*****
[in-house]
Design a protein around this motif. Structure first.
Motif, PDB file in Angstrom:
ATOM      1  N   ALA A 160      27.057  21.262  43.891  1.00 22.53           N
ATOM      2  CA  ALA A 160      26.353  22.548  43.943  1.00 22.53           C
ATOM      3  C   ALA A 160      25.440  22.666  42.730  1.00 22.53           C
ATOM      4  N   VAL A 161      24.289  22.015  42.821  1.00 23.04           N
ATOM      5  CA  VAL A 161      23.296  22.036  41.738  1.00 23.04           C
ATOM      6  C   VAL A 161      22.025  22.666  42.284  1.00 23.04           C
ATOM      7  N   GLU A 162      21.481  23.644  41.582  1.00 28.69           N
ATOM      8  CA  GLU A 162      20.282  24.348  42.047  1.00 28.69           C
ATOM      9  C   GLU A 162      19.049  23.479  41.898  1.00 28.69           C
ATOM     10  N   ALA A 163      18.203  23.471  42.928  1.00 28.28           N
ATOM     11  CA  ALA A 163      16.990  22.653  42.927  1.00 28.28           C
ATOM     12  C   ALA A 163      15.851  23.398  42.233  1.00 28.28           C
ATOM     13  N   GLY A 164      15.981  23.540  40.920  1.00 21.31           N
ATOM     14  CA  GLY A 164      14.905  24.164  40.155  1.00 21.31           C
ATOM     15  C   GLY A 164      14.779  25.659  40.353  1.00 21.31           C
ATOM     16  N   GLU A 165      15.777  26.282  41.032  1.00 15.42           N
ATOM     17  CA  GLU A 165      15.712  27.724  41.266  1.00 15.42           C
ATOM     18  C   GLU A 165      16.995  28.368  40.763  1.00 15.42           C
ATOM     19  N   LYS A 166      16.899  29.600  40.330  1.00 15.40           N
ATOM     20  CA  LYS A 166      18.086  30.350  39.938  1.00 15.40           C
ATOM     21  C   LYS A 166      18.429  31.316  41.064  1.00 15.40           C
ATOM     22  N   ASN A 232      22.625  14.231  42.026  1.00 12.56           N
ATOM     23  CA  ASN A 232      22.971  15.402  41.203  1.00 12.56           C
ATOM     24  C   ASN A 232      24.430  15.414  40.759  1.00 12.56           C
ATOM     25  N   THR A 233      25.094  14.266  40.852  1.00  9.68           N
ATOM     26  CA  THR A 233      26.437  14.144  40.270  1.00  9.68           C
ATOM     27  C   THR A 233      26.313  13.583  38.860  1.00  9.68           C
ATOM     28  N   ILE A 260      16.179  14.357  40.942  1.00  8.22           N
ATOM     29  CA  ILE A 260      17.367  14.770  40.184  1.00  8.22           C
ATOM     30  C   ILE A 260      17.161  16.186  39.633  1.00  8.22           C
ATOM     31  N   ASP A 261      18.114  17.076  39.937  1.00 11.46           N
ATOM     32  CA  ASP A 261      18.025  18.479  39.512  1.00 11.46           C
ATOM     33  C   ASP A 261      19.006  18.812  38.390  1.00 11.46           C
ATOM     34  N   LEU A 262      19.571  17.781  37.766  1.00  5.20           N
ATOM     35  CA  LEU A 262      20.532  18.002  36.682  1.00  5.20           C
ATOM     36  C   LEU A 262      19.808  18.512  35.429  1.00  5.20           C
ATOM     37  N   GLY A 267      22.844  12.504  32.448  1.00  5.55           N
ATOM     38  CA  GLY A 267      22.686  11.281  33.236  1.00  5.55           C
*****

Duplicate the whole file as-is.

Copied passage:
[in-house]
Design a protein around this motif. Structure first.
Motif, PDB file in Angstrom:
ATOM      1  N   ALA A 160      27.057  21.262  43.891  1.00 22.53           N
ATOM      2  CA  ALA A 160      26.353  22.548  43.943  1.00 22.53           C
ATOM      3  C   ALA A 160      25.440  22.666  42.730  1.00 22.53           C
ATOM      4  N   VAL A 161      24.289  22.015  42.821  1.00 23.04           N
ATOM      5  CA  VAL A 161      23.296  22.036  41.738  1.00 23.04           C
ATOM      6  C   VAL A 161      22.025  22.666  42.284  1.00 23.04           C
ATOM      7  N   GLU A 162      21.481  23.644  41.582  1.00 28.69           N
ATOM      8  CA  GLU A 162      20.282  24.348  42.047  1.00 28.69           C
ATOM      9  C   GLU A 162      19.049  23.479  41.898  1.00 28.69           C
ATOM     10  N   ALA A 163      18.203  23.471  42.928  1.00 28.28           N
ATOM     11  CA  ALA A 163      16.990  22.653  42.927  1.00 28.28           C
ATOM     12  C   ALA A 163      15.851  23.398  42.233  1.00 28.28           C
ATOM     13  N   GLY A 164      15.981  23.540  40.920  1.00 21.31           N
ATOM     14  CA  GLY A 164      14.905  24.164  40.155  1.00 21.31           C
ATOM     15  C   GLY A 164      14.779  25.659  40.353  1.00 21.31           C
ATOM     16  N   GLU A 165      15.777  26.282  41.032  1.00 15.42           N
ATOM     17  CA  GLU A 165      15.712  27.724  41.266  1.00 15.42           C
ATOM     18  C   GLU A 165      16.995  28.368  40.763  1.00 15.42           C
ATOM     19  N   LYS A 166      16.899  29.600  40.330  1.00 15.40           N
ATOM     20  CA  LYS A 166      18.086  30.350  39.938  1.00 15.40           C
ATOM     21  C   LYS A 166      18.429  31.316  41.064  1.00 15.40           C
ATOM     22  N   ASN A 232      22.625  14.231  42.026  1.00 12.56           N
ATOM     23  CA  ASN A 232      22.971  15.402  41.203  1.00 12.56           C
ATOM     24  C   ASN A 232      24.430  15.414  40.759  1.00 12.56           C
ATOM     25  N   THR A 233      25.094  14.266  40.852  1.00  9.68           N
ATOM     26  CA  THR A 233      26.437  14.144  40.270  1.00  9.68           C
ATOM     27  C   THR A 233      26.313  13.583  38.860  1.00  9.68           C
ATOM     28  N   ILE A 260      16.179  14.357  40.942  1.00  8.22           N
ATOM     29  CA  ILE A 260      17.367  14.770  40.184  1.00  8.22           C
ATOM     30  C   ILE A 260      17.161  16.186  39.633  1.00  8.22           C
ATOM     31  N   ASP A 261      18.114  17.076  39.937  1.00 11.46           N
ATOM     32  CA  ASP A 261      18.025  18.479  39.512  1.00 11.46           C
ATOM     33  C   ASP A 261      19.006  18.812  38.390  1.00 11.46           C
ATOM     34  N   LEU A 262      19.571  17.781  37.766  1.00  5.20           N
ATOM     35  CA  LEU A 262      20.532  18.002  36.682  1.00  5.20           C
ATOM     36  C   LEU A 262      19.808  18.512  35.429  1.00  5.20           C
ATOM     37  N   GLY A 267      22.844  12.504  32.448  1.00  5.55           N
ATOM     38  CA  GLY A 267      22.686  11.281  33.236  1.00  5.55           C